Will You Help Me Fall Asleep? / I’m Not Grumpy!

Will You Help Me Fall Asleep?
Anna Kang & Christpoher Weyant
Hodder Children’s Books

Little Frog is anxious to fall asleep and asks readers to help him for if he doesn’t get sufficient sleep his mother won’t allow him to participate in the Frogatta boat races the following day; in other words he’ll be in BIG, big trouble and there’s no fooling his observant mum.

He tries our (supposed) suggested counting sheep, a bedtime book – definitely not the best idea – and a chat with last year’s prize caterpillar toy all of which fail and then he recalls his teacher, Miss Chon’s advice to breathe long and deep then mind travel to his ‘happy place …

and joy of joys, zzzzzzzz.

Whether the final wordless spread is Monty’s blissful dream or the young frog’s elated presence (along with his parents) at the next day’s Frogatta is left open to readers to decide: no matter which, one cannot help but root for little amphibious Monty in this frog-a-licious bedtime tale.

With Christpher Weyant’s super, lively, cartoonish scenes of Anna Kang’s dramatic telling, the book is enormous fun for pre-sleep sharing, especially for little ones with a touch of insomnia.

I’m Not Grumpy!
Steve Smallman and Caroline Pedler
Little Tiger

Waking up to discover a huge furry bottom blocking your door might put most of us in a bad mood; it certainly does Mouse whose mood further deteriorates when he’s splatted on the nose by – so he thinks – a splashy raindrop.

In fact it’s a tear shed by a distraught little badger just outside his window wailing, “Where’s my Mummy?”

Together the two animals set off in search of the Mummy Badger only to find themselves lost.

Encounters with Squirrel and Owl both of which recognise Mouse as ‘that grumpy mouse”, (hotly denied by said Mouse), are willing to help in the search and off they all go deep into the forest.

There they come upon a large bear. On learning that Mouse is in fact helping Little Badger get home, the bear changes his grumpy accusation to “a kind friend”; a first for Mouse.

They travel deeper into the forest until Mouse becomes overwrought

which results in Owl giving him a cheer-up hug – another unusual event for the little creature. Suddenly out of the bushes emerges a very scary, very hungry predator.

Does that mean Squirrel, Badger, Owl and Mouse become a lupine’s evening meal?

Happily not. I won’t divulge the ending, but what ensues will certainly bring a happy smile to the faces of young listeners.

With opportunities for audience participation, Steve’s warm-hearted story with Caroline Pedler’s expressively portrayed woodland animals provides a good starting point for circle time discussion with early years children on themes of friendship, kindness, and on how their moods might affect other people.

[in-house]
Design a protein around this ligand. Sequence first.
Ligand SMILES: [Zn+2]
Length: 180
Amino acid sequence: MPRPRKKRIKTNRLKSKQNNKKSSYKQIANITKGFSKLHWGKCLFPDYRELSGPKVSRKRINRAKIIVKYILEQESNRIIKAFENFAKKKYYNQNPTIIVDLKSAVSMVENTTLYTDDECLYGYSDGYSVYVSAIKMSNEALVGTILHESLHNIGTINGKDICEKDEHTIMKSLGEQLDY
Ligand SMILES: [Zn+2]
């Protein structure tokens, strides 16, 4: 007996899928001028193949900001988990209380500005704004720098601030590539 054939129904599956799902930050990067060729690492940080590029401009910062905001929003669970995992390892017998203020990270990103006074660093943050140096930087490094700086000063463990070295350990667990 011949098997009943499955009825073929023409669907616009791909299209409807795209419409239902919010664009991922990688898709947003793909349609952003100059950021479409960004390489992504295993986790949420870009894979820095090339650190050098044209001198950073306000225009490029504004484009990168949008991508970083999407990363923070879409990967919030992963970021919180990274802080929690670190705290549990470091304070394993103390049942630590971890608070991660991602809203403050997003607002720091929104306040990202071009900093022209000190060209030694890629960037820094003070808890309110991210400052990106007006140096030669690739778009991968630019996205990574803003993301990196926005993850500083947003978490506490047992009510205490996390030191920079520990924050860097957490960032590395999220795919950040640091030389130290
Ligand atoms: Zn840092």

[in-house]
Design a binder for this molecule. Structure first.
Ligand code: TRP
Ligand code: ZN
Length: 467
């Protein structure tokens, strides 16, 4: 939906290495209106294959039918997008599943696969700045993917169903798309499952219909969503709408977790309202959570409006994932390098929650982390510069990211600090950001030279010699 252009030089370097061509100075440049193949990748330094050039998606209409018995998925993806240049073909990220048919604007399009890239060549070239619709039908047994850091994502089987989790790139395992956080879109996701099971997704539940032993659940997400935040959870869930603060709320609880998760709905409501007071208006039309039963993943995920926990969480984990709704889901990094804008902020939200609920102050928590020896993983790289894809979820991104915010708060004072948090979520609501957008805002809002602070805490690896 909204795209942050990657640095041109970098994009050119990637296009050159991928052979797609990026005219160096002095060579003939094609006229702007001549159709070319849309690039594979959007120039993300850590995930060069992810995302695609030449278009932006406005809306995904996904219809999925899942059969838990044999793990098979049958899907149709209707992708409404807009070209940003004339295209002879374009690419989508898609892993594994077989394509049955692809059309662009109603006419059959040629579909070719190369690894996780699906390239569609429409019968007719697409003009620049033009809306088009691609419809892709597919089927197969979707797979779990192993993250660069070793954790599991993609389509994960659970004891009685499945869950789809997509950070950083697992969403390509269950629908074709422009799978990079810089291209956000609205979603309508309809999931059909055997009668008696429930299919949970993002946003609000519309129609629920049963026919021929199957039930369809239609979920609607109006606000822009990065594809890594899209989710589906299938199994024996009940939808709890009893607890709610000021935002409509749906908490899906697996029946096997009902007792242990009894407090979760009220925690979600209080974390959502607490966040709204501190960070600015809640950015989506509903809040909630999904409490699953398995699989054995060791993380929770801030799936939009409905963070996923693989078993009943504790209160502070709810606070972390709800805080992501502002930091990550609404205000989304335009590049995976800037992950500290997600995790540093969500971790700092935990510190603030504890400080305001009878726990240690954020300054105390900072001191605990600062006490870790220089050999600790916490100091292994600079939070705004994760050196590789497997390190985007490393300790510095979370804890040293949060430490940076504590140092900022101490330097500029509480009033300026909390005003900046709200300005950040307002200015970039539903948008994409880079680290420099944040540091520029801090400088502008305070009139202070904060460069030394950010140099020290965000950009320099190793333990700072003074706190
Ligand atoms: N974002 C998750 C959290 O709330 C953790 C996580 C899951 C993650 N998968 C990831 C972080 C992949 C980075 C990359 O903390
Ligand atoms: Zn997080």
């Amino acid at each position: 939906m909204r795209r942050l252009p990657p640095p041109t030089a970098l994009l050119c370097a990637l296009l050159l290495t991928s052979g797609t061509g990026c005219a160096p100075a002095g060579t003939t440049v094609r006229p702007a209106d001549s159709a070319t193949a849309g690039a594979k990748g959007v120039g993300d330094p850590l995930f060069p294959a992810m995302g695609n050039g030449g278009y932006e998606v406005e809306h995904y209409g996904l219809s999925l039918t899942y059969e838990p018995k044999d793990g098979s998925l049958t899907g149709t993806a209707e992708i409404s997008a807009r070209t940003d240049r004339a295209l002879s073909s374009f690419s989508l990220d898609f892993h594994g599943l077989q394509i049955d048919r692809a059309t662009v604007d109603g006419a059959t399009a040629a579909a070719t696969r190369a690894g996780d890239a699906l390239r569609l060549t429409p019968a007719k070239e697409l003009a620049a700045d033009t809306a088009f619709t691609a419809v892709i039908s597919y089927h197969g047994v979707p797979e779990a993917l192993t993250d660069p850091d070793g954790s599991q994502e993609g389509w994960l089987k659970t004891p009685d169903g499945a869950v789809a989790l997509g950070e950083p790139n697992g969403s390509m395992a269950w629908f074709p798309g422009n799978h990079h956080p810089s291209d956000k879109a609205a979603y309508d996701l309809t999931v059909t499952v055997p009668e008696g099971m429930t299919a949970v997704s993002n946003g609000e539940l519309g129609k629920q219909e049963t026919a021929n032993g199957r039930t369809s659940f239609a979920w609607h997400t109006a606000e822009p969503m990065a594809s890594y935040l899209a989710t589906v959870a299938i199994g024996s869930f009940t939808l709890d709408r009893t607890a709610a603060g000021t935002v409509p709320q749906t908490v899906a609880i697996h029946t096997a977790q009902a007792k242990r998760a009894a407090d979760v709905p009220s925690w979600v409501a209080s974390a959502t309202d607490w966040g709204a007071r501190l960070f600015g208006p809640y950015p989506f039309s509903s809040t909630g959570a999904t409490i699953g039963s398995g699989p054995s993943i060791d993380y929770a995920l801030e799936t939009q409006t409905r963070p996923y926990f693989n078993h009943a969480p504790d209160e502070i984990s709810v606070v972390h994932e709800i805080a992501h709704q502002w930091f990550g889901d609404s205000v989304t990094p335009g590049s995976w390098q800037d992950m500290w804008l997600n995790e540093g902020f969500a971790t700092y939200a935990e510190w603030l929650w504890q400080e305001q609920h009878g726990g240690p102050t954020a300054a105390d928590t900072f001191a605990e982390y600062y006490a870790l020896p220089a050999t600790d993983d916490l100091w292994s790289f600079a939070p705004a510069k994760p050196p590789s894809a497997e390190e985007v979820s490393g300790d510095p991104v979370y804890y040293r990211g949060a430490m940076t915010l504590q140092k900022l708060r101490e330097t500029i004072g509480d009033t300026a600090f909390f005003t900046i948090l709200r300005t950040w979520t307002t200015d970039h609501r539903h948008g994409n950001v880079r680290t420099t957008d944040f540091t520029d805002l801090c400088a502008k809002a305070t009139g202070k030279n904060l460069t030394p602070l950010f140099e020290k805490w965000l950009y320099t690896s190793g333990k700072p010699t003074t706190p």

The Colour of Happy / Some Days / A Thank You Walk

The Colour of Happy
Laura Baker and Angie Rozelaar
Hodder Children’s Books

This sweet, simple rhyming story of a boy finding a dandelion seed head and what happens thereafter is the means for an exploration of feelings for young children around the age of the child narrator, using a rainbow of emotions and the fluffy seed head.

The child, out walking with a pup, spies a dandelion clock: ’Yellow is for happy when I spot a special thing,’ he tells us and having picked it, hops and skips along. But when a gust of wind whisks his treasure away, the boy is engulfed in dark blue sadness.

His emotions then run through the colour spectrum: red for anger as he watches it sail away;

green for feelings of envy when he sees a girl with the seed head; grey when he cannot believe things will be okay; gold for the kindly response from a little girl, and the return of hope as they play together chasing the dandelion clock while it sails off again;

purple for the proud feeling when the boy again holds his treasure safe and bids his friend farewell; orange for the mounting excitement as he heads home and finally, pink as he reaches the front door with his somewhat depleted, love-filled offering …

Little ones will certainly relate to Laura Baker’s lovely story, which offers a great starting point for becoming mindful about their own responses to situations. With a foundation stage class, I envisage children talking about the book, their own feelings with regard to a particular happening; and then perhaps responding with paints or whatever medium they feel right, in music or a dance with coloured scarves perhaps.

Some Days
Karen Kaufman Orloff and Ziyue Chen
Sterling Children’s Books

We all experience different feelings at different times and so it is with young children and this book, with Karen Kaufman’s lively rhyming text and Ziyue Chen’s warmly hued illustrations, conveys that huge gamut of emotions through the course of a year.

Through two young children, we share in their everyday highlights such as ‘chocolate pudding pie day’s’, ‘Kites up in the sky days. Jumping super high days’; the joys of swimming and sunbathing;

as well as the downs – a nasty cut knee for instance.

Some days are extra special like that for ‘picking out a pup’ or winning a cup. Then come fussy mum days

and days when raincoats just won’t do, and there are  too wet to play football days with glum stay indoors faces; better though are snow angel making days and watching a warm fire days.

The author acknowledges those bad days when everything feels wrong

and those when it’s best to be alone.

Finally comes ‘Learning to be me days’ which is really the essence of the whole, a book that celebrates the positive but doesn’t gloss over the negative feelings. It’s a good starting point for discussion in an early years setting, or after a one-to-one sharing at home, perhaps about how best to respond to and deal with negative emotions. After all, being mindful of, and being able to talk about, our emotions and feelings helps us best deal with them.